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The Not-So-Simple Truths About ETF Vs. Mutual Fund Performance

edited April 29 in Fund Discussions
Tom Madell article:
-Vanguard index mutual funds and comparable Vanguard ETFs are merely different classes of the exact same fund. Their returns are virtually identical while they have had no capital gain distributions over the last five years. Therefore, there is no particular performance superiority of one over the other.

-An ETF will not always outperform a nearly matched mutual fund. Some ETFs can still sport higher expense ratios than comparable mutual funds. And managed, as opposed to indexed mutual funds, can tilt their portfolios as to sometimes achieve a better return than an ETF which adheres strictly to its benchmark index.

-Mutual funds with a load are typically, but not always, going to show lower fee-adjusted long-term performance than a comparable ETF or mutual fund without a load, although that difference can disappear the longer the mutual fund is held.

-Nowadays, many mutual funds have very low expense ratios, especially non-managed funds.

-Be leery of performance tables that do not take into account a load's effect on performance.

-When comparing an ETF with a mutual fund, investors should look beyond just the conventional fund vs. ETF label. Some apparently similar investment vehicles, even passively managed funds, may have important differences from each other which might favor one investing in a mutual fund, or vice versa.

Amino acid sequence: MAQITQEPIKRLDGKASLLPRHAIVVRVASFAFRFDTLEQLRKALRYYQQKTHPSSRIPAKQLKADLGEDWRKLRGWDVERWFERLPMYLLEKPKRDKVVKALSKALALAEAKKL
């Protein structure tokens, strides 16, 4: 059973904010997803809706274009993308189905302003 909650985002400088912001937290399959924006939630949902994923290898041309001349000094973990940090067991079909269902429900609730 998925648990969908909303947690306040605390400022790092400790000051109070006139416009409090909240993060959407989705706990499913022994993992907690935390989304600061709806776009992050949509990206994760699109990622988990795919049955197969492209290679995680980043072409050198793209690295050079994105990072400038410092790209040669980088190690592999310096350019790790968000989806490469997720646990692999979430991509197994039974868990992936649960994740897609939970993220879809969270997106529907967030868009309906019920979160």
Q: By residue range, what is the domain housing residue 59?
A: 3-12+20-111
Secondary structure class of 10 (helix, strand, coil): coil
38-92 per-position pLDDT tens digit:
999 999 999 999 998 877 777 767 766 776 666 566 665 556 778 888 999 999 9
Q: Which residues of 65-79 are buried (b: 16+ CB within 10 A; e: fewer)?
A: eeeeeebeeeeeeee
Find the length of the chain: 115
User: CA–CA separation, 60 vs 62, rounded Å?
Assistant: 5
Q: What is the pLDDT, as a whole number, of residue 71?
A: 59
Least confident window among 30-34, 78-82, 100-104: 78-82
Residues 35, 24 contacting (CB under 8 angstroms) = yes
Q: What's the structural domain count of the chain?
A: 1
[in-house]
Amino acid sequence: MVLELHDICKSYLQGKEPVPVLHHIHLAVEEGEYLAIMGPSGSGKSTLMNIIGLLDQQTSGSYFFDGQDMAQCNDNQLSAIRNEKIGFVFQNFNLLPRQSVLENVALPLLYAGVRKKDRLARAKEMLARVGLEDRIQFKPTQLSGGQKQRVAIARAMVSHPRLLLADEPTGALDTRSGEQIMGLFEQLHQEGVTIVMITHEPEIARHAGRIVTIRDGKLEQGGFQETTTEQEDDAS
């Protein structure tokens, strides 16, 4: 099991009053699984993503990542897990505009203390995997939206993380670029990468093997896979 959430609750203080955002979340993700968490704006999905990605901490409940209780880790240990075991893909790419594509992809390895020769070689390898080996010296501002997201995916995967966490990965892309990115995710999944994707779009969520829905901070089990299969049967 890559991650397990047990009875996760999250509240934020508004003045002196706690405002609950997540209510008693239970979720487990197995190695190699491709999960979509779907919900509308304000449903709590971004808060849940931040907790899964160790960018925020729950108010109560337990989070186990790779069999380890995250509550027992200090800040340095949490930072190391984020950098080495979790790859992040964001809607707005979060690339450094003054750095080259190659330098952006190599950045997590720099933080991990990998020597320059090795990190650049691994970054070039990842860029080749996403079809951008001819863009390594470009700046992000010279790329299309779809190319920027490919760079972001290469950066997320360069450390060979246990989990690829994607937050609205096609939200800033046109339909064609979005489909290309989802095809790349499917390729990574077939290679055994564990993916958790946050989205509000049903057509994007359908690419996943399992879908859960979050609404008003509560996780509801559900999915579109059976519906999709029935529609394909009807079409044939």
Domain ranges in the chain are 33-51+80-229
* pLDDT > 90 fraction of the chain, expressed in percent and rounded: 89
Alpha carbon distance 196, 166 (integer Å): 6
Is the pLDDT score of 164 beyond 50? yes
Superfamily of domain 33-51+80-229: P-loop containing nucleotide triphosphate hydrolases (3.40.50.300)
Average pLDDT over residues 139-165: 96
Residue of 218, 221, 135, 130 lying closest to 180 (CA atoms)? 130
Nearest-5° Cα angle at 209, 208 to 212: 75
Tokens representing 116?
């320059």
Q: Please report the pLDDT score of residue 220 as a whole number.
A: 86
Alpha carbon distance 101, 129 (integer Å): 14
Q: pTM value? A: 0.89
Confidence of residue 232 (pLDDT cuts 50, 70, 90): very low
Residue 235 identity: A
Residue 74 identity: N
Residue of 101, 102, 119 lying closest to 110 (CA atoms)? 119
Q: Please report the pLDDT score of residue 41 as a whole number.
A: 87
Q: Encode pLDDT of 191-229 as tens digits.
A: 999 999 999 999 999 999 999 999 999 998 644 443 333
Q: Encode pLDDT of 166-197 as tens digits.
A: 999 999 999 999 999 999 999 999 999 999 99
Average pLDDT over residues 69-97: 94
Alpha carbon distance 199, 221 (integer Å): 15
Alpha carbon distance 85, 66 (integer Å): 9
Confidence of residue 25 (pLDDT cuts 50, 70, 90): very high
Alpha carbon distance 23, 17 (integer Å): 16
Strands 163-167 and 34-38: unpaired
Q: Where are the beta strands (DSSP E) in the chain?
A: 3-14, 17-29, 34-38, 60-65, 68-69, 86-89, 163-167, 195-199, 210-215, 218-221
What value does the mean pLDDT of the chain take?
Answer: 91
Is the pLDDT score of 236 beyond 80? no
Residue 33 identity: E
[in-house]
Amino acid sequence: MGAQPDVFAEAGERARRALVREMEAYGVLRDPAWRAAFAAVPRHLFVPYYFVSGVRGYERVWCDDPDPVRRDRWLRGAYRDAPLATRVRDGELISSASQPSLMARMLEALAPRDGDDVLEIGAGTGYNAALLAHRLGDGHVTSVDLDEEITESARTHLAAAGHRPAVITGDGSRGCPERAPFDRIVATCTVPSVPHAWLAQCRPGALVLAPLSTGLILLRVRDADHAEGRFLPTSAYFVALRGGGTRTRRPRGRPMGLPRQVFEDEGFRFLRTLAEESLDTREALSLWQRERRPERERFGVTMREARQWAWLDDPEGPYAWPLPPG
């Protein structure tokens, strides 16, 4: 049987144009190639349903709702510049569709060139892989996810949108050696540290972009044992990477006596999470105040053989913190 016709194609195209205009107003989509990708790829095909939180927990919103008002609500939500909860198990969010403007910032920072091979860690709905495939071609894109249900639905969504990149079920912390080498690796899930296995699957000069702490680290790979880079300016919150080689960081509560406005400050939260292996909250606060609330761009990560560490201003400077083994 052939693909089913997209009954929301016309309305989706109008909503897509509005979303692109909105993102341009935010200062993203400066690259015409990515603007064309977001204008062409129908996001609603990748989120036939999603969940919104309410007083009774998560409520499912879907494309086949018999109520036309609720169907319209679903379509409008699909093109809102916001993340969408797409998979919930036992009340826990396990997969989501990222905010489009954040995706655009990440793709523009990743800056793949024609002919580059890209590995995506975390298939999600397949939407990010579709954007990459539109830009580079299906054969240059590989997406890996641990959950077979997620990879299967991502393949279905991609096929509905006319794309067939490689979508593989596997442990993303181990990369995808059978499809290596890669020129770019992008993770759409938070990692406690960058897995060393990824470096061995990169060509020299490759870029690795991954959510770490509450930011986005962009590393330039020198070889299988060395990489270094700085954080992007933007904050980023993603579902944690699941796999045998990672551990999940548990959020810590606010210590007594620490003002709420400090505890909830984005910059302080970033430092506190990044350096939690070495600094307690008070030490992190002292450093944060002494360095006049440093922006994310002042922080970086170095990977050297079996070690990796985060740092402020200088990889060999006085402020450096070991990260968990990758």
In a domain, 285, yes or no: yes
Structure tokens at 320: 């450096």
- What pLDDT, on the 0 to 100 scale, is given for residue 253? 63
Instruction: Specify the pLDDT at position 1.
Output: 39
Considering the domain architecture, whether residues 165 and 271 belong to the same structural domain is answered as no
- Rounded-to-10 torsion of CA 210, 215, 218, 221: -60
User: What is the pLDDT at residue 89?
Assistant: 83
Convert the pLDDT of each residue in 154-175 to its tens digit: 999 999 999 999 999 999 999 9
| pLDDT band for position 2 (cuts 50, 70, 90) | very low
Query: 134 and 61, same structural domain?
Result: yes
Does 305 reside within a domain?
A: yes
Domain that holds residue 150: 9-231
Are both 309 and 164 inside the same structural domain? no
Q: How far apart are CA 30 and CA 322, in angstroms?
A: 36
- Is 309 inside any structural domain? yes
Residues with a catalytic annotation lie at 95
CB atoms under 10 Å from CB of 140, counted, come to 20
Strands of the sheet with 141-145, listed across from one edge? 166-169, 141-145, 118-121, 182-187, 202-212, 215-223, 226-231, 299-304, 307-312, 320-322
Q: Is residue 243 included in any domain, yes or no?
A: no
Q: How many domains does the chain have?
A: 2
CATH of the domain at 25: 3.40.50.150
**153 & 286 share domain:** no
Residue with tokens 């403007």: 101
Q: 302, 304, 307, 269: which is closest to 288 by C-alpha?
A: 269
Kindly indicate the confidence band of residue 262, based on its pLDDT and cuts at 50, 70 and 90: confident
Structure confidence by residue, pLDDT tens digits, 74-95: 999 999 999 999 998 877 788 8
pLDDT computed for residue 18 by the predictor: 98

• Well stated, except for the assertion that "mutual funds with a load are ... not always going to show lower fee-adjusted long term performance than a comparable ETF or mutual fund without a load [and any load fund underperformance] can disappear the longer the mutual fund is held.

    If one replaces "comparable" with "identical except for load", aka "all else being equal", then the long term performance (including effect of the load) must be lower for the load shares, and this difference does not disappear over time.

    The first assertion, that loaded funds could perform better over the long term even accounting for load is just the usual handwaving that fund A might do better than fund B even though fund A costs more. Sure, but not likely, especially if one assume "all else is equal."

    The second assertion that the underperformance of loaded funds gradually diminishes over time is a misrepresentation of arithmetic. If you buy a fund with a 5% load, then, all else being equal, it will underperform a comparable fund by 5% over the first year, but just 1%/year over five years. It's not that it is catching up, it's just that you're amortizing the underperformance over more years. After 5 years, you've still got 5% less money with the load fund; after 10 years you've still got 5% less, and so on.
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